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SOUMITRA DUTTA, INSEAD AUGUSTO LOPEZ-CLAROS, World Economic Forum IRENE MIA, World Economic Forum
This fifth Global Information Technology Report 2005–2006 appears at a time when there is broad satisfaction in the business community and among government leaders with the recent performance of the global economy. However, this is tempered by growing concern about a range of emerging global challenges.The world’s population is projected to exceed 8 billion by 2025, 2 billion more than at the outset of the 21st century.This will have fairly direct implications in a number of key areas, from energy consumption, to job creation, to management of the global environment. How countries are able to adapt to the fast pace of change and cope with the challenges that are implicit in the emergence of an increasingly complex global economy will depend heavily on how adept they will be at formulating intelligent policies, and modernizing the institutional framework which forms the basis of modern societies. It is becoming evident that the more successful countries are those in which governments, businesses, and civil society have evolved mechanisms that facilitate consultation and cooperation, and which lead to giving a high priority to boosting education and training. A central element of this is the ability to harness the potential of information and communication technologies (ICT) to leverage the development process. Future prosperity seems increasingly to be as much a function of investment in human capital and the technologies that will enhance productivity, as it is of investment in physical capital and infrastructure. Against this background of cautious optimism about global economic prospects and the challenges that growing prosperity brings, we are once again endeavoring to provide an overall picture of the state of ICT developments in a large number of countries around the world, accounting for the lion’s share of the global economy.This Report builds on the work done in the four previous editions and should be viewed as part of a long-term commitment by both the World Economic Forum and INSEAD to the dissemination of business-relevant research on information technology issues, with a strong practical focus. The Report is divided into five parts.The first three contain essays written by practitioners, scholars, and experts with relevant knowledge and experience in the ICT area. An update on the well-established Networked Readiness Index rankings is followed by chapters on issues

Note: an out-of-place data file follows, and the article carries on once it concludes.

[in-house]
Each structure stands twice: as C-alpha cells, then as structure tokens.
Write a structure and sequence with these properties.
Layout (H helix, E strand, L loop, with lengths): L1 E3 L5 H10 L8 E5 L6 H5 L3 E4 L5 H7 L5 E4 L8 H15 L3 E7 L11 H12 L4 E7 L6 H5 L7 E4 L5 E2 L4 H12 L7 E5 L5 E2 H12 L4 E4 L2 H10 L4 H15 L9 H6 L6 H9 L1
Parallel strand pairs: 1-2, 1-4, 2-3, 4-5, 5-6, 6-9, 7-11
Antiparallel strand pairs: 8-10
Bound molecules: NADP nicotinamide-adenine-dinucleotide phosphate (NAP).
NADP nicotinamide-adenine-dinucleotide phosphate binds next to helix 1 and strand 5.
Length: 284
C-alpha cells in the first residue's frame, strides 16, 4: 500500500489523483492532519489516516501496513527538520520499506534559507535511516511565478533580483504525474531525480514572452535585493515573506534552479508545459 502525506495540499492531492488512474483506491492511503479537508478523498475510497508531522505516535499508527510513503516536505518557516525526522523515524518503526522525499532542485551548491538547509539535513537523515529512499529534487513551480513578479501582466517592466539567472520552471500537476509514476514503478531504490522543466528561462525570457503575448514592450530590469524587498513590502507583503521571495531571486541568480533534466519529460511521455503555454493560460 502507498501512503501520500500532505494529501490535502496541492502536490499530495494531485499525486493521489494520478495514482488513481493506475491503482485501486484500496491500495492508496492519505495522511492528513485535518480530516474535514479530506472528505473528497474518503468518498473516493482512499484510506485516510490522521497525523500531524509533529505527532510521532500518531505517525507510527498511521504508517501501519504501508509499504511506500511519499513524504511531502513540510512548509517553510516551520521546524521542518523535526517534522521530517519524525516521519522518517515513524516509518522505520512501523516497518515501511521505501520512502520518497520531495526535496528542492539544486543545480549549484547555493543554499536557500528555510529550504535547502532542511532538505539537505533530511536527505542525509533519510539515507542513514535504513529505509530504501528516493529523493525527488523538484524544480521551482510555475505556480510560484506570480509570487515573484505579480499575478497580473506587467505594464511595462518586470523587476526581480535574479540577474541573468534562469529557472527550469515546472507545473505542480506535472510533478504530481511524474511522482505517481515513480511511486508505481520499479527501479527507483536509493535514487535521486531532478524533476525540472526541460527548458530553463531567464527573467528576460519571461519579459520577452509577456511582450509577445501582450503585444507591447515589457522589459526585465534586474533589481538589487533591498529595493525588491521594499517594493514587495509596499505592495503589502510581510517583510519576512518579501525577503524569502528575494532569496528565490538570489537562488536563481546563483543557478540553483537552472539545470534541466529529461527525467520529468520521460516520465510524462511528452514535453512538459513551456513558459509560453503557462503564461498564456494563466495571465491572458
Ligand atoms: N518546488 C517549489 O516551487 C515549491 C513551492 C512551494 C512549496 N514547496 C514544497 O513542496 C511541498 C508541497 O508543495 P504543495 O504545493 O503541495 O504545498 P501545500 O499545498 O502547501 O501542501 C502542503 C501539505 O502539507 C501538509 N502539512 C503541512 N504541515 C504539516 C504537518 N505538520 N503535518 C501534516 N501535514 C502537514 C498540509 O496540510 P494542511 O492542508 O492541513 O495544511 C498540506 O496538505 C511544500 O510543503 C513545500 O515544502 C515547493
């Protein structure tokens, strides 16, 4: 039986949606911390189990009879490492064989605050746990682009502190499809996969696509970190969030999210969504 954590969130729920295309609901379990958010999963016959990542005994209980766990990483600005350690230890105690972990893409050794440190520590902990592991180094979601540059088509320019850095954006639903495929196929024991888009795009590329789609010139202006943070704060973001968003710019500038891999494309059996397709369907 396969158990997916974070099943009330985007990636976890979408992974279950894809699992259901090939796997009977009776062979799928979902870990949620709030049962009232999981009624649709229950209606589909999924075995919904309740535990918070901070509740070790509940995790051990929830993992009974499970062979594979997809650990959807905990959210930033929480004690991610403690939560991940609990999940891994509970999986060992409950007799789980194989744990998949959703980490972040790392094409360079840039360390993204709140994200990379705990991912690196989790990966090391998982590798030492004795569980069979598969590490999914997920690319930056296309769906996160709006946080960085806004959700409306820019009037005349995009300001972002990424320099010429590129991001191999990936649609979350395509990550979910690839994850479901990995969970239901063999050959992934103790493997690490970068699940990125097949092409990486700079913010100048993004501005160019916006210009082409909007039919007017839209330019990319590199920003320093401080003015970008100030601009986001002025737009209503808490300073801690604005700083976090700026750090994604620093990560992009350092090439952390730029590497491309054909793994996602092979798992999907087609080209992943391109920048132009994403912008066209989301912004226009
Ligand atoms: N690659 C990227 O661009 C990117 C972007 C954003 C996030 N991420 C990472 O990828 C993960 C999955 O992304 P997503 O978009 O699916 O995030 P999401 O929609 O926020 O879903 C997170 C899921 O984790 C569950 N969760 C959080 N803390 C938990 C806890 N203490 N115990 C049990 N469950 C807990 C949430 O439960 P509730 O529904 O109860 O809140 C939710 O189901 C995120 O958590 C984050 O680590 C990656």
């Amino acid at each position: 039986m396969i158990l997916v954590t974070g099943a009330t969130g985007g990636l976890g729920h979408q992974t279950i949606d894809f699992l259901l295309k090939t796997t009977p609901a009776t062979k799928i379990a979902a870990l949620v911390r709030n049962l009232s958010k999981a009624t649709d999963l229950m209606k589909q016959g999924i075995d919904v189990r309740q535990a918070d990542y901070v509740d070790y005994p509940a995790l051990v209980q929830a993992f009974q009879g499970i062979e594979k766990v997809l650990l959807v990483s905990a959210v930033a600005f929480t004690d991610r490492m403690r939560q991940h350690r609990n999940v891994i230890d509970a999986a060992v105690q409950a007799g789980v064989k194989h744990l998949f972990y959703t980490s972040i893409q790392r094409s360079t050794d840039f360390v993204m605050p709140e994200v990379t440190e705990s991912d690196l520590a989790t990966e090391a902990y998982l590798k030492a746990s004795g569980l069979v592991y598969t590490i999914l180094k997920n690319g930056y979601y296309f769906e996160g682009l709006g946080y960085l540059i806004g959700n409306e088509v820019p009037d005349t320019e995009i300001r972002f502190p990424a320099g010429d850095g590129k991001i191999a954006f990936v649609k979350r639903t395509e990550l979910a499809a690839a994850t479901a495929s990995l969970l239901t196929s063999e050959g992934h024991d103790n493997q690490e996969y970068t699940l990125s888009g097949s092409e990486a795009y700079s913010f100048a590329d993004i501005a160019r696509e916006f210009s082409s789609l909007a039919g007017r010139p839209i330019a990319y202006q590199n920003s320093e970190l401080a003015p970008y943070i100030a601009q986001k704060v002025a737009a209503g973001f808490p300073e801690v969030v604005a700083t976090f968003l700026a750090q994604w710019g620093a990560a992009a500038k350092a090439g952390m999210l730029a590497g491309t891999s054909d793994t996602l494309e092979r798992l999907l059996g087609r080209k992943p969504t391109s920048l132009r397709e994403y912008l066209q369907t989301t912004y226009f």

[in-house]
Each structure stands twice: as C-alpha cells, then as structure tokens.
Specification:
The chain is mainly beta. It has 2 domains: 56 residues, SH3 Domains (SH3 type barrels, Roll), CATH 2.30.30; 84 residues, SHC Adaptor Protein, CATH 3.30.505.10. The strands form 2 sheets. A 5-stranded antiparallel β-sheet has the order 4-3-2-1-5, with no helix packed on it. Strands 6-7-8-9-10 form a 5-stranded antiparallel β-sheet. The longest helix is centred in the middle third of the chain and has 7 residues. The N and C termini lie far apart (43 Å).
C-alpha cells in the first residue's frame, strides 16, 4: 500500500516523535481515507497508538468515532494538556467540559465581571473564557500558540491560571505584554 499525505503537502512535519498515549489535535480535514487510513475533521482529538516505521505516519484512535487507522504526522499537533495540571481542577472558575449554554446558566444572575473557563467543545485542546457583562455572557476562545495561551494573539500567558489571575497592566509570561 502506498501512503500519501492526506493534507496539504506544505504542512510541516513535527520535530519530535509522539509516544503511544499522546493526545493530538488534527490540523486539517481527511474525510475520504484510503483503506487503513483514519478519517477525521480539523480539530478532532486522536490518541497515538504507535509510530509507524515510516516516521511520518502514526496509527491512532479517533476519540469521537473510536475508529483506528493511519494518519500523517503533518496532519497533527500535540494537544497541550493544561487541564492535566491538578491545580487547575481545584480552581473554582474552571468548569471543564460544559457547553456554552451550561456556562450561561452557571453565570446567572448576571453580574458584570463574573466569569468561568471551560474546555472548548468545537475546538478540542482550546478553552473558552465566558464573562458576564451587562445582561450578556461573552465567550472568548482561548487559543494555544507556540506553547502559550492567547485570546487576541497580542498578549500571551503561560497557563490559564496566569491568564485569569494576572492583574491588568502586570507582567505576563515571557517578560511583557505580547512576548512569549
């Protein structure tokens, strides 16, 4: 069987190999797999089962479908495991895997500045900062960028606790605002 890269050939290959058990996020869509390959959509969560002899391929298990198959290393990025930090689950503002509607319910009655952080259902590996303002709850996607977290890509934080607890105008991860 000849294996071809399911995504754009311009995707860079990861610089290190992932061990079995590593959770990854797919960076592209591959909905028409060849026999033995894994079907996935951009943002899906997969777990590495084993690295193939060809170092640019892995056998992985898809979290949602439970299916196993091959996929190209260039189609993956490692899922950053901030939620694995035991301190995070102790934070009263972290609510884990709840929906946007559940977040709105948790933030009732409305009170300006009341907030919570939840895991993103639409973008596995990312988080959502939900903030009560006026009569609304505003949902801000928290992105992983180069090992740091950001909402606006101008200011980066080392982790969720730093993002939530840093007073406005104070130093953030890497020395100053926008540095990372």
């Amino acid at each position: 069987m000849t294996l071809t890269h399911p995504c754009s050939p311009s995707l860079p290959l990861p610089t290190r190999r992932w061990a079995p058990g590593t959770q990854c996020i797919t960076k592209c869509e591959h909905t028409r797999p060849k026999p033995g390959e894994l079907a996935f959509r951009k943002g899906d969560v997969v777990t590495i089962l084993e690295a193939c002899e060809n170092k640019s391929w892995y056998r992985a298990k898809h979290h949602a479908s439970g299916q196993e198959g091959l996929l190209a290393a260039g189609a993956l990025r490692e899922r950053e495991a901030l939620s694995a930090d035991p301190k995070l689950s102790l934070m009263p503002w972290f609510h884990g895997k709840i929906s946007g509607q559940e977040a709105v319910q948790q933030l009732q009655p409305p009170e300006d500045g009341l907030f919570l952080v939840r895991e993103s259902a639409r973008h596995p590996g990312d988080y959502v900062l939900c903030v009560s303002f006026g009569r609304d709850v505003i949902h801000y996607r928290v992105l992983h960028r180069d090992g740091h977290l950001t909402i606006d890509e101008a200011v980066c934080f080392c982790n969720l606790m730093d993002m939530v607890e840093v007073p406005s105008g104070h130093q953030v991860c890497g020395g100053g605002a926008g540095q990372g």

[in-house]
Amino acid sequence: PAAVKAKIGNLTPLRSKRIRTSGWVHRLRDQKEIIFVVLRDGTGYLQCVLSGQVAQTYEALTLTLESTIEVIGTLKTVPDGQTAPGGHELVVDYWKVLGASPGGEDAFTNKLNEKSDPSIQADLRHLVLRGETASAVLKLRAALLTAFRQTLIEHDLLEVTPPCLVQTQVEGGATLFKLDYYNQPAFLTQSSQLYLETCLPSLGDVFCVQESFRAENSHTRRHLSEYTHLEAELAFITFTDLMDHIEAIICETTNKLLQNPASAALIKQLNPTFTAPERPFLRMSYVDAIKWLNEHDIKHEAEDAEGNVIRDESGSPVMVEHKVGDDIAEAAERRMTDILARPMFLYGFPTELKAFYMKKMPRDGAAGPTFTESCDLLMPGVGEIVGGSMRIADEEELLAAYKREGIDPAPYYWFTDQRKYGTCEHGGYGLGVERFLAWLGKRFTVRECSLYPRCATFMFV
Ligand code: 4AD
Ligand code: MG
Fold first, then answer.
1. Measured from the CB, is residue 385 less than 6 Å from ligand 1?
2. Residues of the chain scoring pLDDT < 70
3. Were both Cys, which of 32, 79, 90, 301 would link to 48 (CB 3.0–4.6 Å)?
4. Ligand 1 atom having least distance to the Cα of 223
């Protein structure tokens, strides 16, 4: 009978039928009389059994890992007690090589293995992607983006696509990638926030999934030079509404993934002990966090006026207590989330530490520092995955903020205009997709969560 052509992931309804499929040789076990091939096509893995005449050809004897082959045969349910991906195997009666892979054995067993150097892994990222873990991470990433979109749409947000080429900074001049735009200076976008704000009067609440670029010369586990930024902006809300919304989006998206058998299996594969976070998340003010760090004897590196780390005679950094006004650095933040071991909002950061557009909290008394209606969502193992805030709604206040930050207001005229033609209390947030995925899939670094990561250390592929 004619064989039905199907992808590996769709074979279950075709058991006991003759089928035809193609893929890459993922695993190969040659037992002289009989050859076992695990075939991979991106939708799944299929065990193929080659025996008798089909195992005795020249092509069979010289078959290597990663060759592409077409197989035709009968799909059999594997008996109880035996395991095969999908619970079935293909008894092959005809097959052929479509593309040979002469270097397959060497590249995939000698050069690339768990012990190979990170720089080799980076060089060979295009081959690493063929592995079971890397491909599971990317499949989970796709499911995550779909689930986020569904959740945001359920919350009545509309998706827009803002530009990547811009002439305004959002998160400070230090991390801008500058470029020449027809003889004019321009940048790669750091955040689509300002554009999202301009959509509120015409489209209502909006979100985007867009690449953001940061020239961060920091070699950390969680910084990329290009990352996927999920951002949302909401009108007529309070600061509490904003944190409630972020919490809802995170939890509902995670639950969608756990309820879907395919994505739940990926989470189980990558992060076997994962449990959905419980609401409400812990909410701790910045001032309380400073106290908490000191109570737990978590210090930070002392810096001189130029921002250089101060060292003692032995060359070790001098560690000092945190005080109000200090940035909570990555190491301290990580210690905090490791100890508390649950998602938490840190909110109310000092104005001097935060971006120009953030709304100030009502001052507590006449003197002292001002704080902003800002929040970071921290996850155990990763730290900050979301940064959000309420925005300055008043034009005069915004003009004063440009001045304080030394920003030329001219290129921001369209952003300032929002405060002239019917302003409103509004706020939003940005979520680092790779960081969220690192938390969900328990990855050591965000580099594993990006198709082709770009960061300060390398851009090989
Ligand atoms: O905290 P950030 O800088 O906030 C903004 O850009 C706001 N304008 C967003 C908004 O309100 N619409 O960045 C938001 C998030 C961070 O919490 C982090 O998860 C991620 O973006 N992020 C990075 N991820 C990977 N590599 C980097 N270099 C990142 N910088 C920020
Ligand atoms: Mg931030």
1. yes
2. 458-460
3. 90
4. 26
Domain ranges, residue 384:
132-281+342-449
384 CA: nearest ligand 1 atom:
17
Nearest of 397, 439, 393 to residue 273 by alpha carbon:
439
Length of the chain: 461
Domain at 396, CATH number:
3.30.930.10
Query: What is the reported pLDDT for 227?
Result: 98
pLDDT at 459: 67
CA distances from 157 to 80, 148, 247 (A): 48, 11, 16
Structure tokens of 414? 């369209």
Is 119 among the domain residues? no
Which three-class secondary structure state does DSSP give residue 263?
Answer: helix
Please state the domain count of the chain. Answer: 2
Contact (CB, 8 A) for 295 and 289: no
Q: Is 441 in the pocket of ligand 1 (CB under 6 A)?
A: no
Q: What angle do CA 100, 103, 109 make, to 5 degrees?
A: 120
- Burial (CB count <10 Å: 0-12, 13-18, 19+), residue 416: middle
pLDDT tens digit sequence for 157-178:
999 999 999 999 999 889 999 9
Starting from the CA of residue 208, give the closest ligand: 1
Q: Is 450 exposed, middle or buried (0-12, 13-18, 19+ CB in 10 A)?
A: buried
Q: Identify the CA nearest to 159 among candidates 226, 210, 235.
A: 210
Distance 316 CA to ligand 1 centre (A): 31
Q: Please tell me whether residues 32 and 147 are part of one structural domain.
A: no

of networked readiness, productivity-related topics, and reports on the varied state of ICT developments in Chile, Israel, Korea, Mexico, and Taiwan, highlighting signal successes and challenges yet to be overcome.The essays, which are summarized briefly below, are followed in Part 4 by Country Profiles, which provide valuable background information on the components of each country’s networked readiness rankings.These profiles, coupled with the Data Tables in Part 5, facilitate international comparison.
Networked Readiness and the Benchmarking of ICT Competitiveness In this paper, authors Soumitra Dutta and Amit Jain, both of INSEAD, illustrate the recent strong shifts in the global landscape of information and communication technologies (ICT). Countries such as India have transformed their economies, largely due to the benefits of the ICT revolution. Others, such as Ireland and Israel, have also benefited from the contribution of ICT, and emerged as centers of software development. Countries such as Singapore, Hong Kong, and Taiwan, while not major hubs of software development, have incorporated the key ingredients of networked readiness in order to provide an optimal environment for key stakeholders, in particular, businesses. These facts, and the increasing dependence of the world’s inhabitants on the Internet as a tool for information sharing and exchange, testify to the importance of a nation’s networked readiness.This paper represents the continuing collaboration of INSEAD with the World Economic Forum for the computation of this fifth1 Networked Readiness Index (NRI). The NRI is defined as the degree of preparedness of a nation or community to participate in and benefit from ICT developments.The immediate objective is to help policy- and decision makers understand the complex and diverse factors underlying national ICT development, and, hence, to assist them in working toward their development objectives. This chapter first discusses the structure and framework of the NRI, and how it has been used to assess and compute the relative degree of networked readiness of 115 countries.The results of the research and analysis are presented in the form of a relative ranking of nations. In